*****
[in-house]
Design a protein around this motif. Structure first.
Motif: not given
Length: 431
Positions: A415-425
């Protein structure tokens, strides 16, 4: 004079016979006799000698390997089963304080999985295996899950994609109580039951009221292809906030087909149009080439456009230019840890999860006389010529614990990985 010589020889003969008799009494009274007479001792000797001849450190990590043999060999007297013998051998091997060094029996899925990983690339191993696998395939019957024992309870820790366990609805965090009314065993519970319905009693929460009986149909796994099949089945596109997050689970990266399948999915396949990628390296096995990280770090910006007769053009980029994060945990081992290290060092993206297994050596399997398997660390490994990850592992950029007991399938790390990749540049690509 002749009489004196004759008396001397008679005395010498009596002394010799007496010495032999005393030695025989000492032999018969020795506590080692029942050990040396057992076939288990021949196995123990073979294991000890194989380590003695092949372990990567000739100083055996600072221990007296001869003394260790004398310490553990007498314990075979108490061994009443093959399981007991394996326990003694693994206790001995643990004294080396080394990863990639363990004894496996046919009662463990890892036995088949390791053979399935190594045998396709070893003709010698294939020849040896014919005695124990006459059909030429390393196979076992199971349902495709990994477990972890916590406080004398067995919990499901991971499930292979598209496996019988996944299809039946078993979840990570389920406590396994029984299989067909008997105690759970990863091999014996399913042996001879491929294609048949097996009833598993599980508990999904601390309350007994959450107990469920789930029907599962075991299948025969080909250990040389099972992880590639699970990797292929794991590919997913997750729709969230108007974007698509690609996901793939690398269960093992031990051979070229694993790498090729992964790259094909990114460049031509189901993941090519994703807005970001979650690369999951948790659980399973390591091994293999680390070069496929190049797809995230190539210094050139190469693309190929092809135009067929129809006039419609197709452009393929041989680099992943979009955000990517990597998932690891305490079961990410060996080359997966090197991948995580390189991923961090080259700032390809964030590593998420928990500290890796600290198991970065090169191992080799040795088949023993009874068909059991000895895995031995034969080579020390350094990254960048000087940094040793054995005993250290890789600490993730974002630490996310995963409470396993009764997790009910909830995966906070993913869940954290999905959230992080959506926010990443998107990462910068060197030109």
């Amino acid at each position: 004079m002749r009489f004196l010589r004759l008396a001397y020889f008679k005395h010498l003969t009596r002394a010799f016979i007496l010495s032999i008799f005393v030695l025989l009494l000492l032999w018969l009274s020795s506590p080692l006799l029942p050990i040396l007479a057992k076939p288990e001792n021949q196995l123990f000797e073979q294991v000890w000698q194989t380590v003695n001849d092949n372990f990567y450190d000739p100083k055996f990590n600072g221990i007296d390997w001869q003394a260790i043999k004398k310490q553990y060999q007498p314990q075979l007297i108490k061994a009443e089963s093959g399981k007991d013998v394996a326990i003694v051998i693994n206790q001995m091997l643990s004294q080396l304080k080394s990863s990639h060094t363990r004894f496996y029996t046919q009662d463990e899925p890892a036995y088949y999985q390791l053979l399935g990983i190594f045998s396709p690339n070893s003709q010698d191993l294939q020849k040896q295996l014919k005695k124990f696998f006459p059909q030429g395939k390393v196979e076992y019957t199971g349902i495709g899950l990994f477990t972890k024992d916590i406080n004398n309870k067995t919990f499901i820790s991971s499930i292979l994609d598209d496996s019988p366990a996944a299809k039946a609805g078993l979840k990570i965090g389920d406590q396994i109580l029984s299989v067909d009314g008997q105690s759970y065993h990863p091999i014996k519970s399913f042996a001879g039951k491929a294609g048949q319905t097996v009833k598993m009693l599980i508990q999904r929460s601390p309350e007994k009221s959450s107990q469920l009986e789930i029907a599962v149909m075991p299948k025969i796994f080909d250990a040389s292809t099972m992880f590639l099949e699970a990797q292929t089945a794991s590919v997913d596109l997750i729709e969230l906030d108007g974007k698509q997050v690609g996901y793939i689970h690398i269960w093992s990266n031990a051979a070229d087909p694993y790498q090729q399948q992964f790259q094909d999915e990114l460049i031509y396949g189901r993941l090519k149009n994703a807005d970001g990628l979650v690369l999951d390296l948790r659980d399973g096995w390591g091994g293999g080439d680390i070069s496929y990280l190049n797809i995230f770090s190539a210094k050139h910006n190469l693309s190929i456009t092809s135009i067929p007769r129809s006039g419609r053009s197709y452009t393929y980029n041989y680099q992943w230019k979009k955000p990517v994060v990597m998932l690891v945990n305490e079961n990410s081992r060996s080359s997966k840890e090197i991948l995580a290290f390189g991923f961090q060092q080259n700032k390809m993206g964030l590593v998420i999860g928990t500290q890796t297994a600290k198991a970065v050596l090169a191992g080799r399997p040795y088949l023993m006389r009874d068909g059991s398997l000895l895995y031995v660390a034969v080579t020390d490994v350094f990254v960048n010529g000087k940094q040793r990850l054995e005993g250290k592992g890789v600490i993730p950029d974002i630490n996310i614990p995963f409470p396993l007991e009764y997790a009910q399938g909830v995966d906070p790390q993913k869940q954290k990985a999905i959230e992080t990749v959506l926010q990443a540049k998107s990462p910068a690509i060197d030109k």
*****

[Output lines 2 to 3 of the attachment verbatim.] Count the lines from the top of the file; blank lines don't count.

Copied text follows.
Design a protein around this motif. Structure first.
Motif: not given